RISE brought teammates, opponents together

Coach Ramona Cox and her Cass Technical High School volleyball team participated in the RISE Leadership Program during the fall 2016 season.

July 31, 2017

By Bryan Matecun

DETROIT – Coach Ramona Cox said the RISE Leadership Program helped her players have more positive interactions with each other and even with opponents.

Cox, varsity volleyball coach for Cass Technical High School, took her 15 players through the program during the fall 2016 season. She decided to participate in the program because of the significant role race plays in her players’ lives.

“With some of the existing racial issues in society, I thought the RISE program would be important,” Cox said. “In volleyball, there aren’t a lot of African-American girls, so they have to interact with diverse individuals when they play.”

Cox’s team consists entirely of African-American players – something she said is rare in volleyball. She said this played a significant role in their discussions about diversity, especially during the “identity circles” activity. In this activity, the student-athletes were asked to write down words that represent their identity. Then, they shared these identity descriptors during a group discussion and chose one descriptor that best defines them. The goal was to encourage self-reflection and highlight the difference between values and demographic labels.

“The initial conversation about diversity was eye-opening for them,” Cox said. “They’re all African-American, so they don’t usually think about the diversity among themselves. They couldn’t think of many identity descriptors at first, but it was easier after they helped each other.”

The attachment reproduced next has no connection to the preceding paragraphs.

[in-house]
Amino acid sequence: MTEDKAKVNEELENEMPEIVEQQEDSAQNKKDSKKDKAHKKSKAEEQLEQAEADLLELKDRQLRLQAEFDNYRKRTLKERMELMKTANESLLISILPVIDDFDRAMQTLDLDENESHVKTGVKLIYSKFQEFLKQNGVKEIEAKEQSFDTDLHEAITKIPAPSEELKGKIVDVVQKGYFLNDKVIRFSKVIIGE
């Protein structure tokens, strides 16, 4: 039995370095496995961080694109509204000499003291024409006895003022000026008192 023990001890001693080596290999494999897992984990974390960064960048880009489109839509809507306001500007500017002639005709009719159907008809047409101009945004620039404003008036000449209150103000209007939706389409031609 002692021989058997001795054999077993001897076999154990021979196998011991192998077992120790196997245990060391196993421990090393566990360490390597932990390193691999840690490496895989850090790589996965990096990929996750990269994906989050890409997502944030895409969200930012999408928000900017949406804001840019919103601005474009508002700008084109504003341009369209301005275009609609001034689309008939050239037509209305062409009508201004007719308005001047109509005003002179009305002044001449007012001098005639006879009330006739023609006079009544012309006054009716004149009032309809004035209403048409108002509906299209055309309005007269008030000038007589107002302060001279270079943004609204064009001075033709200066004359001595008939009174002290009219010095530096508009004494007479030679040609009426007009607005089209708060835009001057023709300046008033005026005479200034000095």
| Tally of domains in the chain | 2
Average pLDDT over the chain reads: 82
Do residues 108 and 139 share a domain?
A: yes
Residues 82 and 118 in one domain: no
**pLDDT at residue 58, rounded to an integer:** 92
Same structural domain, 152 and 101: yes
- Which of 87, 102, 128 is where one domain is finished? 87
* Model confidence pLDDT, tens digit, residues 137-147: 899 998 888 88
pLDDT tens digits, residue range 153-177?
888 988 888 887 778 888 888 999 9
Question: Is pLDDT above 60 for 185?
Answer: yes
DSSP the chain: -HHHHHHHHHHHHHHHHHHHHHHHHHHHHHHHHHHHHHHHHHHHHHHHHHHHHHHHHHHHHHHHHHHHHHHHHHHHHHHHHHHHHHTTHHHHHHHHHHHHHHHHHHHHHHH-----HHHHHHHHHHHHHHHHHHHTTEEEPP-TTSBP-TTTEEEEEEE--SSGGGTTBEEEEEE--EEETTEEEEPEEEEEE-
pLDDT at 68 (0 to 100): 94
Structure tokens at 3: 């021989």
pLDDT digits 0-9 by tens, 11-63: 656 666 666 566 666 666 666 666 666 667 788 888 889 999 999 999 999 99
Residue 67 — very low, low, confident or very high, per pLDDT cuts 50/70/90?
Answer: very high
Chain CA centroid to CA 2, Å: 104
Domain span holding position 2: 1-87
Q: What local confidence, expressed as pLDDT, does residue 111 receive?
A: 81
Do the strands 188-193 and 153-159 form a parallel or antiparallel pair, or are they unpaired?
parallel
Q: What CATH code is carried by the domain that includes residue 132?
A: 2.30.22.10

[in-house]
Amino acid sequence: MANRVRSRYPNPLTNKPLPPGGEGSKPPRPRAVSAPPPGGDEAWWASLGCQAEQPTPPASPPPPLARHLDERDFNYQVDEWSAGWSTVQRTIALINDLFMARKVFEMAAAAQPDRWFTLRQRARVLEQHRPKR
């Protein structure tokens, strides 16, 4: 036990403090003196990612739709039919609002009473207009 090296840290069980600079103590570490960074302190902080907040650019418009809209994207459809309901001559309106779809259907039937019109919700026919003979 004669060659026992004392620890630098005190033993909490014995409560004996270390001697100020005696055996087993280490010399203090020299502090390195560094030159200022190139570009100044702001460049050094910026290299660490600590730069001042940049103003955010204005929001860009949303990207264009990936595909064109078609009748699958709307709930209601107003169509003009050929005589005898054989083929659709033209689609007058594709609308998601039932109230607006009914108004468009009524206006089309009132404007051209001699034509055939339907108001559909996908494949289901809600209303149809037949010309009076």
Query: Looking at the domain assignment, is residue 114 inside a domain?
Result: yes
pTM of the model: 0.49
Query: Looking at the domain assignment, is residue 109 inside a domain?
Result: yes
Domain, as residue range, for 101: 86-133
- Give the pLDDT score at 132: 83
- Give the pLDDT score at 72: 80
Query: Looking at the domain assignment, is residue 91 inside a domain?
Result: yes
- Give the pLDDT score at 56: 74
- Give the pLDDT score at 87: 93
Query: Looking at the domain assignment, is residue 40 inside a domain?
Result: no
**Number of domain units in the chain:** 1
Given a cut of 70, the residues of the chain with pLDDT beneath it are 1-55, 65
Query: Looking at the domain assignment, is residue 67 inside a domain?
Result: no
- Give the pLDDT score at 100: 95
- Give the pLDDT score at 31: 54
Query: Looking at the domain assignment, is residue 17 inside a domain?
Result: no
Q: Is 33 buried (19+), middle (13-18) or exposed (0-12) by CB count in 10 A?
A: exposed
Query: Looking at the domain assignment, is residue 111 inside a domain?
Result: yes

In addition to lessons about diversity, the program covered topics such as implicit bias and social media.

“The activity on implicit bias impressed me the most,” she said. “They learned to empathize with others during that activity. It was our most engaging conversation.”

Cox said the lessons about social media were also important because of their relevance to high school students.

“The kids are on social media a lot, and I don’t think they always think about what they put on there,” Cox said. “Actually going through examples of offensive and inappropriate posts demonstrated how important it is to think before posting. Once it’s out there, there’s no taking it back.”

Cox said the interactive activities throughout the 10-week process improved team chemistry.

“The conversations helped us on the court and when we do things outside of volleyball. We were already having some of those conversations, but the program brought us even closer together.”

The biggest on-court difference she saw was the improved trust between her players.

“Interacting off the court led to more trust,” Cox said. “You have to have trust in order to be comfortable enough to share and have conversations about sensitive topics. You can see the difference on the court.”

In turn, the players have been able to communicate more openly with their teammates and even with opponents. “The RISE program has helped them be more comfortable around their opponents and engage better with them off the court,” she said. “A lot of times the teams we play are pretty diverse, and you have to be able to interact with them.”

This was illustrated when the Cass Tech players got to meet some volleyball players from Saline High School during a playoff football game between the two schools. As part of halftime during the game, students from both schools linked arms and walked onto the field in a display of unity.

“They were able to mingle before and during the game,” Cox said. “They met other players, and some of our players realized they’d be playing on the same AAU (Amateur Athletic Union travel) team with some of the Saline players. I definitely saw a connection there.”

These interactions are what lead to positive social progress, Cox said.

“I think change in our society is going to start with our kids. They have to go out in the world armed with knowledge and the ability to communicate positively with people not like them, and RISE gives them the tools.”

Bryan Matecun is a summer 2017 intern for communications and marketing in RISE’s Midwest office in Detroit.